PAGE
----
Local, state and federal officials are working to secure next week’s midterm elections, but there is one threat coming from Russia and other outside nations that is much harder to contain.
In the lead-up to the 2016 presidential election, investigators found Russian actors created fake bot accounts and weaponized social media to create division and spread misinformation.
That threat continues to this day.
“We’re on high alert about it,” said Matt Dietrich, public information officer for the Illinois State Board of Elections.
Dietrich said the SBE is preparing for different scenarios.
“Are there fake Twitter accounts saying, ‘there are lines around the block at such and such polling place, don’t go vote’ or ‘polling places in a certain county will have to close at 5pm because of technical difficulties.’ How do we address that?”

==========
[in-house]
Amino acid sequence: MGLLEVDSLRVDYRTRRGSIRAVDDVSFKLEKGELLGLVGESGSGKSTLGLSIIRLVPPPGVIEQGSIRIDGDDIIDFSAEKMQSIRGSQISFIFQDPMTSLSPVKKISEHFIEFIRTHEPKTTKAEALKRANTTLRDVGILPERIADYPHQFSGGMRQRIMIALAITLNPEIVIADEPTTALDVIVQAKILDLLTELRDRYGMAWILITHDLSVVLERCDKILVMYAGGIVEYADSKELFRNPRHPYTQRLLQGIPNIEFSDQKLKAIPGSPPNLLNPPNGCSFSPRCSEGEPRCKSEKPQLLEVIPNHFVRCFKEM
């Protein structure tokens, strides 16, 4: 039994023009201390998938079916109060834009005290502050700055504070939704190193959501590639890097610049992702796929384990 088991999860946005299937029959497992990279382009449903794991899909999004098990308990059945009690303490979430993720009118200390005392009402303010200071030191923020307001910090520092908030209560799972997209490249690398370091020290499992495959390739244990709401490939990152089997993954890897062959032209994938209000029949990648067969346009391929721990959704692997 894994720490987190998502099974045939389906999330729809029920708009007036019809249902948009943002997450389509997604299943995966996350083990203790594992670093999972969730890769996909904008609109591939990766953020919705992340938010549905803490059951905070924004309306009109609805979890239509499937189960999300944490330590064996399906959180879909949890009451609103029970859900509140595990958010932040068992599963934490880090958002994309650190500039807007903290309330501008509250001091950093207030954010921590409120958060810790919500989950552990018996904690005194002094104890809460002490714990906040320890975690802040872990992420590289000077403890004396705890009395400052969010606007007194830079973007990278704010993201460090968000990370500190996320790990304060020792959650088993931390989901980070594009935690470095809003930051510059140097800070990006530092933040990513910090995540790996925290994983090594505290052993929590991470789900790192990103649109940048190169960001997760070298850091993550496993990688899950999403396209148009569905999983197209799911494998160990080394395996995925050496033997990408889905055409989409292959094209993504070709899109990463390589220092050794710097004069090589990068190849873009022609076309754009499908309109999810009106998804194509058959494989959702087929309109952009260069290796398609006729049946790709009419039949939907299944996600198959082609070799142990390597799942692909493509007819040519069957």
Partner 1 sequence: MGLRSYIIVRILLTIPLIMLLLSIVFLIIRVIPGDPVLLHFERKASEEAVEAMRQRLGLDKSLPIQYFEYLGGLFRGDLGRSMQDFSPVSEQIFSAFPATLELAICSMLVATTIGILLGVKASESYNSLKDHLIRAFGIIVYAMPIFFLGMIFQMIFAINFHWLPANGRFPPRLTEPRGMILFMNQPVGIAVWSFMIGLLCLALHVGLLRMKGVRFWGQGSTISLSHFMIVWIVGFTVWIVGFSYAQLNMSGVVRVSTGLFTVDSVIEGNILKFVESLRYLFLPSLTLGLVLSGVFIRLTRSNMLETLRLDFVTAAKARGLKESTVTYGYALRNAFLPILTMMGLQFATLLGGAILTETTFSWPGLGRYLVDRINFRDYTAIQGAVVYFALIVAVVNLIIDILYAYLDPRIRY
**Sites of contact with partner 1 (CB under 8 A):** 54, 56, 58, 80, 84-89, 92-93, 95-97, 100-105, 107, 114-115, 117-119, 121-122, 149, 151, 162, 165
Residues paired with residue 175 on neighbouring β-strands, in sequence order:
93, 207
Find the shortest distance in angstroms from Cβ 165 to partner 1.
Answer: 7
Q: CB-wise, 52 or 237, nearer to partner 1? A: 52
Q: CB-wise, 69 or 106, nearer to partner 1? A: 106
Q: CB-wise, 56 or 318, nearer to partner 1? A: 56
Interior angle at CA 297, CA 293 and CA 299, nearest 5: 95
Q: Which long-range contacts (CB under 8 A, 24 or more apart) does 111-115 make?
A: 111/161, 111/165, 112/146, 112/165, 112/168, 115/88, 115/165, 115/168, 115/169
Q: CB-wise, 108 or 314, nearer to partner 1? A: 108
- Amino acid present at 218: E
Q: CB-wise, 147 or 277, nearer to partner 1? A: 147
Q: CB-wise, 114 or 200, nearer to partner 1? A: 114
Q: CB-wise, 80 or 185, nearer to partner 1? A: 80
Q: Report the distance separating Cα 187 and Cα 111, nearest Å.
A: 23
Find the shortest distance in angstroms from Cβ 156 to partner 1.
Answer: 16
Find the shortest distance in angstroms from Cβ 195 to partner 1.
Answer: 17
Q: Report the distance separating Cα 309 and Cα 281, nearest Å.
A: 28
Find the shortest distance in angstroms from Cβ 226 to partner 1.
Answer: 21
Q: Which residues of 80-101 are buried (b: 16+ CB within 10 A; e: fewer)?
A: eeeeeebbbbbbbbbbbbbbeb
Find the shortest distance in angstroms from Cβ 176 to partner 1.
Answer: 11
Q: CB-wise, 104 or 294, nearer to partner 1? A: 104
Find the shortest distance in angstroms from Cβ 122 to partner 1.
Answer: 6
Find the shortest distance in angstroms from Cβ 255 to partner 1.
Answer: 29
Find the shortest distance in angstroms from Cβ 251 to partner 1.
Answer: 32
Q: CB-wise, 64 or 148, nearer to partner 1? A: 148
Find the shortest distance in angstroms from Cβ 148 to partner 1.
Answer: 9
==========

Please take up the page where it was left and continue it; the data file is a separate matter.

In recent months, social media platforms like Facebook and Twitter, which came under fire for not doing more to protect against the spread of false information, have removed hordes of Russian-linked accounts.
In October, Facebook unveiled a “war room” at their California headquarters, where a team of employees are solely dedicated to weeding out false news ahead of the midterms.
Studies have shown the trolls’ reach was widespread, weaponizing everything from race and immigration, the NFL anthem controversy, even the vaccine debate.
“(The Russians) didn’t really create the underlying anger,” said Jon Bambenek, VP of Security Research at ThreatStop. “We did that as a society, but they simply used that to pour more fuel on the fire.”
The State Board of Elections said it plans on monitoring social media on Election Day to debunk any misinformation on their own platforms.